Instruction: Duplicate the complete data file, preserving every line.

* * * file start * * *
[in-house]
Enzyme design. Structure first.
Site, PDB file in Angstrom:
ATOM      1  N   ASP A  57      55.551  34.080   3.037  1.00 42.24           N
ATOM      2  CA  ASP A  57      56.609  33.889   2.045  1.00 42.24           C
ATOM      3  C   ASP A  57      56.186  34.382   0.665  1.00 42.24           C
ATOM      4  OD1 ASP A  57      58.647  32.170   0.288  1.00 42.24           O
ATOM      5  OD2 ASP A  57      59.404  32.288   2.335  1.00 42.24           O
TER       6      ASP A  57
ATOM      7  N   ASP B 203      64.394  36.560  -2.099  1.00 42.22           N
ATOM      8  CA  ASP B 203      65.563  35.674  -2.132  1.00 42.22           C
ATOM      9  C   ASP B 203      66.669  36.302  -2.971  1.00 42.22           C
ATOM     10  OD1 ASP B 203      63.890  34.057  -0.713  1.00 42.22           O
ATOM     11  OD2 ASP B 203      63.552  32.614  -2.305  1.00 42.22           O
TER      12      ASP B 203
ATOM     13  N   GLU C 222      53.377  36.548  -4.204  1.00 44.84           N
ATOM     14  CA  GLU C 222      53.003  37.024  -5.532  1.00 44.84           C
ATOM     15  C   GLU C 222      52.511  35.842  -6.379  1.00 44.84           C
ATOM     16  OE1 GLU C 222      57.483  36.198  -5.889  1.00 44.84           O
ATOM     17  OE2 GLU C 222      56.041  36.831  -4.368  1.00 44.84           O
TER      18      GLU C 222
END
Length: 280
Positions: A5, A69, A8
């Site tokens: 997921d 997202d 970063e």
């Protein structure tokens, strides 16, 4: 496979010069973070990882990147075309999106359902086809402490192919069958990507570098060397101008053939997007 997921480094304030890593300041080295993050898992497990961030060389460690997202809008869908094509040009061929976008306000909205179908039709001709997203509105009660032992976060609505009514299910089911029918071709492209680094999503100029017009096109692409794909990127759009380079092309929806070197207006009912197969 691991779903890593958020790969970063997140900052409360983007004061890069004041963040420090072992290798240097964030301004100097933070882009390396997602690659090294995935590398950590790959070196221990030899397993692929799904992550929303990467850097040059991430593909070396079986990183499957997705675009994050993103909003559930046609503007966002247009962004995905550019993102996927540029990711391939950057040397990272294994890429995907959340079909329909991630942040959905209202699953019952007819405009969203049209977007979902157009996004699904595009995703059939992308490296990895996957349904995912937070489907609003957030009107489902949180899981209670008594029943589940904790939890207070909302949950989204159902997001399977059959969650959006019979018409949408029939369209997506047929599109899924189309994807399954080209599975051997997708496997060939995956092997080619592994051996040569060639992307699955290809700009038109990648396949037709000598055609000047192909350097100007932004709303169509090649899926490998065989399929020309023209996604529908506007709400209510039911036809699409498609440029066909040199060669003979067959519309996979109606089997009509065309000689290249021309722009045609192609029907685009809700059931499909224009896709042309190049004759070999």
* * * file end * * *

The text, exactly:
[in-house]
Enzyme design. Structure first.
Site, PDB file in Angstrom:
ATOM      1  N   ASP A  57      55.551  34.080   3.037  1.00 42.24           N
ATOM      2  CA  ASP A  57      56.609  33.889   2.045  1.00 42.24           C
ATOM      3  C   ASP A  57      56.186  34.382   0.665  1.00 42.24           C
ATOM      4  OD1 ASP A  57      58.647  32.170   0.288  1.00 42.24           O
ATOM      5  OD2 ASP A  57      59.404  32.288   2.335  1.00 42.24           O
TER       6      ASP A  57
ATOM      7  N   ASP B 203      64.394  36.560  -2.099  1.00 42.22           N
ATOM      8  CA  ASP B 203      65.563  35.674  -2.132  1.00 42.22           C
ATOM      9  C   ASP B 203      66.669  36.302  -2.971  1.00 42.22           C
ATOM     10  OD1 ASP B 203      63.890  34.057  -0.713  1.00 42.22           O
ATOM     11  OD2 ASP B 203      63.552  32.614  -2.305  1.00 42.22           O
TER      12      ASP B 203
ATOM     13  N   GLU C 222      53.377  36.548  -4.204  1.00 44.84           N
ATOM     14  CA  GLU C 222      53.003  37.024  -5.532  1.00 44.84           C
ATOM     15  C   GLU C 222      52.511  35.842  -6.379  1.00 44.84           C
ATOM     16  OE1 GLU C 222      57.483  36.198  -5.889  1.00 44.84           O
ATOM     17  OE2 GLU C 222      56.041  36.831  -4.368  1.00 44.84           O
TER      18      GLU C 222
END
Length: 280
Positions: A5, A69, A8
């Site tokens: 997921d 997202d 970063e």
């Protein structure tokens, strides 16, 4: 496979010069973070990882990147075309999106359902086809402490192919069958990507570098060397101008053939997007 997921480094304030890593300041080295993050898992497990961030060389460690997202809008869908094509040009061929976008306000909205179908039709001709997203509105009660032992976060609505009514299910089911029918071709492209680094999503100029017009096109692409794909990127759009380079092309929806070197207006009912197969 691991779903890593958020790969970063997140900052409360983007004061890069004041963040420090072992290798240097964030301004100097933070882009390396997602690659090294995935590398950590790959070196221990030899397993692929799904992550929303990467850097040059991430593909070396079986990183499957997705675009994050993103909003559930046609503007966002247009962004995905550019993102996927540029990711391939950057040397990272294994890429995907959340079909329909991630942040959905209202699953019952007819405009969203049209977007979902157009996004699904595009995703059939992308490296990895996957349904995912937070489907609003957030009107489902949180899981209670008594029943589940904790939890207070909302949950989204159902997001399977059959969650959006019979018409949408029939369209997506047929599109899924189309994807399954080209599975051997997708496997060939995956092997080619592994051996040569060639992307699955290809700009038109990648396949037709000598055609000047192909350097100007932004709303169509090649899926490998065989399929020309023209996604529908506007709400209510039911036809699409498609440029066909040199060669003979067959519309996979109606089997009509065309000689290249021309722009045609192609029907685009809700059931499909224009896709042309190049004759070999």